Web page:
While claims for damages in tort and contract are common sources of liability for health service providers, recent actions by the Australian Competition & Consumer Commission (ACCC) against breast imaging companies for misleading and deceptive conduct demonstrate that health providers and medical practitioners are also potentially subject to significant penalties under consumer legislation.
In ACCC v Safe Breast Imaging Pty Limited1 (Safe Breast Imaging) and ACCC v Breast Check Pty Limited2 (Breast Check) the ACCC obtained declarations, injunctions, pecuniary penalties and other orders against companies, and persons associated with them, that provided alternative breast imaging services using a device known as a Multifrequency Electrical Impedance Mammograph (MEM device). Safe Breast Imaging In this case, the Court found that the class of consumers targeted by Safe Breast Imaging (SBI) would have no special knowledge or attributes compared to a reasonable member of the wider community and that they would likely hold preconceptions about medical breast imaging, linking it with investigations into the presence of breast cancer.
The Court heard expert evidence that there was insufficient evidence to show that electrical impedance breast imaging or the MEM device could reliably identify persons at risk. On that basis, it determined that SBI’s representations that there was an adequate scientific basis for assuring a person that they did not have breast cancer, or that the MEM device was a substitute for mammography, were misleading and/or deceptive.
SBI’s business was, for some time, run out of a room rented at a medical clinic. In pamphlets and other promotional material, SBI stated that a trained doctor interpreted the images taken by the MEM device. On the evidence before the Court, none of the three authors of the Breast Health Reports issued by SBI were in fact registered medical practitioners and so this representation was also found to be misleading and/or deceptive.
The proceedings against Breast Check (BC) and a doctor employed by it, related not only to the use of the MEM device but also to various infrared devices for digital thermography. Again, relying on expert evidence, the Court found there were misleading representations including that there was an adequate scientific basis for assessing whether a person was at risk of breast cancer by use of an MEM device, and that the use of a thermography device, alone or in conjunction with the MEM device, was a substitute for mammography. In a finding that may have important ramifications for providers of alternative medicine, the Court said:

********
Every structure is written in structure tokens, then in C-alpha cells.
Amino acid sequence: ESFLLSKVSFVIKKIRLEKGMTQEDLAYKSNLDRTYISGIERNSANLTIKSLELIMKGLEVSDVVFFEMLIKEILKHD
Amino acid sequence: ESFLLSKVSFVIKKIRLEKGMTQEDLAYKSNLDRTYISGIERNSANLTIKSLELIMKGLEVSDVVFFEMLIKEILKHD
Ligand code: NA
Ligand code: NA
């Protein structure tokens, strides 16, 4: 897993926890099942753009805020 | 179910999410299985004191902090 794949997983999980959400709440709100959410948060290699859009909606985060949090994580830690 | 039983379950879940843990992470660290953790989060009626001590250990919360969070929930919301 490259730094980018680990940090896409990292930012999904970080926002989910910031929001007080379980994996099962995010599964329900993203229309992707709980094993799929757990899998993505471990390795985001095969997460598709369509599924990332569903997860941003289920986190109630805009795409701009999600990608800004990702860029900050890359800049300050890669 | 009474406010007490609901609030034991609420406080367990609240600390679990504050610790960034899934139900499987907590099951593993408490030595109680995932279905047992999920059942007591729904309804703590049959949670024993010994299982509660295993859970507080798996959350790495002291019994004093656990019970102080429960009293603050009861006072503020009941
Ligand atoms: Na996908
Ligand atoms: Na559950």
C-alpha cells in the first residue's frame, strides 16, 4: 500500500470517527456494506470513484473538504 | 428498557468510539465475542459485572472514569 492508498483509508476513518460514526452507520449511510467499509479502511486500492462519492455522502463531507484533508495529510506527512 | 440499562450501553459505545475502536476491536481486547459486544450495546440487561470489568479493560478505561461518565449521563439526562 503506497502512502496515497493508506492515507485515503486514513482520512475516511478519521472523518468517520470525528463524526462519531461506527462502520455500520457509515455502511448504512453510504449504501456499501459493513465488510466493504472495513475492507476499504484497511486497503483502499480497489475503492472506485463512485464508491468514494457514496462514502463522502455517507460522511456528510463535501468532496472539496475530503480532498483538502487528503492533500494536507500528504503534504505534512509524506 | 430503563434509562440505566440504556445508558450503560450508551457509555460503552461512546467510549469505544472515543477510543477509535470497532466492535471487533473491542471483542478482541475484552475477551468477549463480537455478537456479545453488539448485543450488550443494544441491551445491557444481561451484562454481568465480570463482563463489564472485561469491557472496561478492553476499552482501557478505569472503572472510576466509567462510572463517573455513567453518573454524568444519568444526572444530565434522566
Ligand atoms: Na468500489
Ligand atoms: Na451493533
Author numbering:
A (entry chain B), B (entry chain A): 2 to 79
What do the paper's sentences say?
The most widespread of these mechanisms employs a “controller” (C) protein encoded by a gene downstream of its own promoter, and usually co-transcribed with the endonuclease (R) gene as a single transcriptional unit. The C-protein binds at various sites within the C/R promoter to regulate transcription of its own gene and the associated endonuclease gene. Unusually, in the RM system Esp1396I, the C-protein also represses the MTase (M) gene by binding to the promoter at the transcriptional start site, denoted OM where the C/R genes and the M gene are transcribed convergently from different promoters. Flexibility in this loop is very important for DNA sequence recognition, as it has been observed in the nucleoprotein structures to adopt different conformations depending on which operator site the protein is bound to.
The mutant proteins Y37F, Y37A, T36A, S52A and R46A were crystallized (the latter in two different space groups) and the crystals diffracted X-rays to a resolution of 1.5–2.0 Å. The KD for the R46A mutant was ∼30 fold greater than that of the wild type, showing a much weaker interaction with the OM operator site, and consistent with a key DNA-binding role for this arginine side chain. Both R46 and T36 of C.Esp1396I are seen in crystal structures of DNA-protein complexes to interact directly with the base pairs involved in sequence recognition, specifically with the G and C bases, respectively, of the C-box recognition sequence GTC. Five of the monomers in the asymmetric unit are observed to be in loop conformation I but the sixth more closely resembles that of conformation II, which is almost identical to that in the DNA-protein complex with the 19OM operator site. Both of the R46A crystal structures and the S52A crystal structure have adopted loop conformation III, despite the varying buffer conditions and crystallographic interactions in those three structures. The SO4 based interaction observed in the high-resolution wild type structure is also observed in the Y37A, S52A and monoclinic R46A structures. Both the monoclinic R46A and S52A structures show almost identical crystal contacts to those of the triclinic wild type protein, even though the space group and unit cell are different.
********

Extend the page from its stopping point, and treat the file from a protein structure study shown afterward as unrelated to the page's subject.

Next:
‘In the context of a representation of a medical nature…there is a clear “information asymmetry” between the maker of the representation and the audience. Thus, it would be entirely reasonable for a consumer to conclude that, where a service of a medical nature is being provided, there would be scientific medical evidence of a sufficient quality to support the use of the equipment used to provide such a service…”'
In a further warning to medical professionals involved in alternative health services, the Court found that a doctor employed by BC had accessorial liability under the Trade Practices Act 1975 (Cth) and the Australian Consumer Law as a person knowingly concerned in the contraventions by BC.
In addition to declarations, injunctions, and other orders, the Court imposed pecuniary penalties on SBI and its business manager totalling $250,000 and disqualified the business manager from managing a corporation for four years. BC and the doctor employed by it received penalties totalling $100,000